Gympie Pyramid

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  • Gympie Pyramid

Origin

The Gympie Pyramid was supposedly discovered in 1975 by pseudoarchaeologist Rex Gilroy. Rex Gilroy visited several locations with ruins and odd rock formations throughout Australia. On of these such ruins near Queensland, Australia Gilroy asserts is actually a part of a pyramid built by the Egyptians or the Phoneticians. This is an extremely diffusionist view of early history. Gilroy wrote a book on this subject entitled the Pyramids of the Pacific. There are only a few of the original structures that survive, the rest, including the pyramid, now only exist in photographs. Meaning that properly trained archaeologists can not got to the site to see if the claims made by Gilroy are in fact verifiable. Furthermore, Grlroy has claimed to find Phonetician inscriptions all around Australia. The inscriptions all have deeply flawed syntax that clearly indicates the inscriptions are fakes. [1]

More recently a local author, Brett Green, has taken over for Gilroy in his investigation of the site. Brett Green, though more critical than Gilroy, is still not a trained archaeologist and is not critical enough to make his evidence valid. Green claims to have artifacts that suggest Asian and European occupation. Moreover, he claims that local indigenous language is similar to ancient Mediterranean and Indian languages. This is based largely on superficial, impressionistic comparisons. His complete lack of formal training in linguistics makes him entirely unfit to make these sort of comparisons. Moreover, nearby is a site called Sarina, which is said to be a phonetician port by Val Osborn. While Osborn appears to be a more scholarly source, some of her claims are still quite eccentric.[1]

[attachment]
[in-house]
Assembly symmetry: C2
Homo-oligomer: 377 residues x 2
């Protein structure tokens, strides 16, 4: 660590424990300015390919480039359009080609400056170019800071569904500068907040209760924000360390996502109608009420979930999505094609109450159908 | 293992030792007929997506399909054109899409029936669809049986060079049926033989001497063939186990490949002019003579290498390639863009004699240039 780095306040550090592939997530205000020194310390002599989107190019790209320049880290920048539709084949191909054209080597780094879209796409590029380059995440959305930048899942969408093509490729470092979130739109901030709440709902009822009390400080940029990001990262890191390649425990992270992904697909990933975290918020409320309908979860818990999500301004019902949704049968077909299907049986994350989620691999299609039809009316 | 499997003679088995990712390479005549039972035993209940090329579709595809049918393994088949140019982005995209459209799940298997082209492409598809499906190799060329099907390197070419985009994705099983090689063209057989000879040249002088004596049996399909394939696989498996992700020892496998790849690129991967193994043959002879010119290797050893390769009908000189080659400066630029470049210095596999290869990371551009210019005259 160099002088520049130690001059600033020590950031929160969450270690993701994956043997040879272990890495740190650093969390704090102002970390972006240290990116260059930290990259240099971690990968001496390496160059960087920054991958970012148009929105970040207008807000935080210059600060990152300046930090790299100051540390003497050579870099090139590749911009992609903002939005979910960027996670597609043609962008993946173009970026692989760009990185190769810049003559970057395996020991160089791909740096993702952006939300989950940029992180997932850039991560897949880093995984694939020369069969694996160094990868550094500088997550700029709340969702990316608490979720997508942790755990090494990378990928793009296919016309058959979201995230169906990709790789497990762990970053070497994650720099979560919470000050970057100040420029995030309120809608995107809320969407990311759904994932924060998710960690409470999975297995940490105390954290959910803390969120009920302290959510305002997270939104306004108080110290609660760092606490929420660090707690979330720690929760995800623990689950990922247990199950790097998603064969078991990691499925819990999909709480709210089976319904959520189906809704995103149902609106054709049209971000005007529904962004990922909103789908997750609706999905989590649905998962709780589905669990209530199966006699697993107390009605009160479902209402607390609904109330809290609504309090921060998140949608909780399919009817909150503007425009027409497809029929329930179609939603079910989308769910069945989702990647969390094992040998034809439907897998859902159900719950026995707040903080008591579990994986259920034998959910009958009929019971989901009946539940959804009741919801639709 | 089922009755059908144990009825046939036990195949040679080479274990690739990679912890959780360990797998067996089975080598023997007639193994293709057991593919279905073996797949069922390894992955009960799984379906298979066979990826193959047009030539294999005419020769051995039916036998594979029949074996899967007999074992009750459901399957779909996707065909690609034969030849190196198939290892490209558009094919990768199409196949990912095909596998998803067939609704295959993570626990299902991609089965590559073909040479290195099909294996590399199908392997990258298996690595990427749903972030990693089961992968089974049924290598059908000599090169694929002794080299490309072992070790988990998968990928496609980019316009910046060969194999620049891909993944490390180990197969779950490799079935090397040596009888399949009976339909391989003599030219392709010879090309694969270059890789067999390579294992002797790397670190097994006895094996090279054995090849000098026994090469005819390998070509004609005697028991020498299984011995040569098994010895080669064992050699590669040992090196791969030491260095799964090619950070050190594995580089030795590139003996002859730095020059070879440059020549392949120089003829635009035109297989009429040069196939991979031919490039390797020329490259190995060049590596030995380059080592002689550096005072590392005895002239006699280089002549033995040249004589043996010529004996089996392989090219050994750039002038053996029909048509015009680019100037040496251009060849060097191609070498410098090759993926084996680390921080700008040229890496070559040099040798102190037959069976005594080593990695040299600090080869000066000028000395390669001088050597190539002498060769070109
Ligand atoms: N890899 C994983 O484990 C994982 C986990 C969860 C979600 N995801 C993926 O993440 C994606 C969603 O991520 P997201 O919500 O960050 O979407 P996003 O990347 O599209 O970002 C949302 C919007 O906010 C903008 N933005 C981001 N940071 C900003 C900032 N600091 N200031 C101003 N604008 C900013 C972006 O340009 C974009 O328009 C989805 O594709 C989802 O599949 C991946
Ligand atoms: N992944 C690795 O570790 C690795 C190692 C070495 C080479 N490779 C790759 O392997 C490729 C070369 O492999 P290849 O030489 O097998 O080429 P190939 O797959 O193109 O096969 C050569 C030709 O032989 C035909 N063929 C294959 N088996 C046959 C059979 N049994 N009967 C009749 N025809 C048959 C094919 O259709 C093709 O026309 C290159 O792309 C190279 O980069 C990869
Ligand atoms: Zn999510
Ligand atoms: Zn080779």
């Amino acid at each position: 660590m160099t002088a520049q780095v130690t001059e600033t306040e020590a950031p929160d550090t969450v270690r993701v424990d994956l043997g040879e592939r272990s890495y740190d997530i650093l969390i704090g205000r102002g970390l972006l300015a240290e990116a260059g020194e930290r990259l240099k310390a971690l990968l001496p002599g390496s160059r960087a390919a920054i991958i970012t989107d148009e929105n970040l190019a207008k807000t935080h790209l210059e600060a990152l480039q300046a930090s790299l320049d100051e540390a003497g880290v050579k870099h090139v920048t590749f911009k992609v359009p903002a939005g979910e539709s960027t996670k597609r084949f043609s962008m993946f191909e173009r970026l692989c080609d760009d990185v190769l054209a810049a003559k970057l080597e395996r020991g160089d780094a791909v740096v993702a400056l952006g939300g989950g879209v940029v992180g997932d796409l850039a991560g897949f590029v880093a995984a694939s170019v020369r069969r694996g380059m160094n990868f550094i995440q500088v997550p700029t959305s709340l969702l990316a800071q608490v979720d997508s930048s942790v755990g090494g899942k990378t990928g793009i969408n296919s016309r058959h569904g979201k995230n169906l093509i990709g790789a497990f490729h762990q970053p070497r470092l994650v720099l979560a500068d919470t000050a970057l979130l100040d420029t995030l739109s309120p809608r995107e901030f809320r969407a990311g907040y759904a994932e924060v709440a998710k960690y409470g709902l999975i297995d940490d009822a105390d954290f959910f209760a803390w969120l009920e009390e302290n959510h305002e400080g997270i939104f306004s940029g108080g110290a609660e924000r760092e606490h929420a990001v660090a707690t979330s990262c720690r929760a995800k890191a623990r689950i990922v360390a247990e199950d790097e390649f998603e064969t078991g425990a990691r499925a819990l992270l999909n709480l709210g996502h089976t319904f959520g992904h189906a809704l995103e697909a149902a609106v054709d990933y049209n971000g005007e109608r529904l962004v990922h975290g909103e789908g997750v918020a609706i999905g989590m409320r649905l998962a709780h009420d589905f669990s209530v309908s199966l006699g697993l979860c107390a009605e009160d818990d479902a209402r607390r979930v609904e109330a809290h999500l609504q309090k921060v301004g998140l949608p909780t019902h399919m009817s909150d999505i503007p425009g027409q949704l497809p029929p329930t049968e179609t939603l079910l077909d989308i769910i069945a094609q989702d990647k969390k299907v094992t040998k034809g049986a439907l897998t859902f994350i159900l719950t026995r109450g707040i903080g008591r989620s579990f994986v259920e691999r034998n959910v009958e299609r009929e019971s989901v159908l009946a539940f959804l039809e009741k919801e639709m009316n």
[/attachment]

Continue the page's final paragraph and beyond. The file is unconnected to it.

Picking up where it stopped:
Pseudoarchaeological Impact

From Gilroy's assertion, others have made assertions of their own about the nature of the Gympie Pyramid. Gavin Menzies has proposed that the Gympie pyramid is evidence of Chinese explorer Zheng He discovering Australia. Menzies claims that Zheng He traveled and explored both shores of the Pacific during the late medieval times. Allegedly, there are maps whose dates, origins, and physical details prove this hypothesis. According to Mensies the Gympie Pyramid's size, height and shape are very similar to that of Ming Dynasty observation platforms used to chart locations. Gavin Mensies utilizes many flawed methods to make his assertions. In many cases, he listens to non expert advice and opinions which he has included in his research. [1] Menzies' use of unreliable sources like Gilroy, among others, is exactly why his research is unfounded and untrustworthy. The larger scientific community have discredited many of his most influential sources.[2]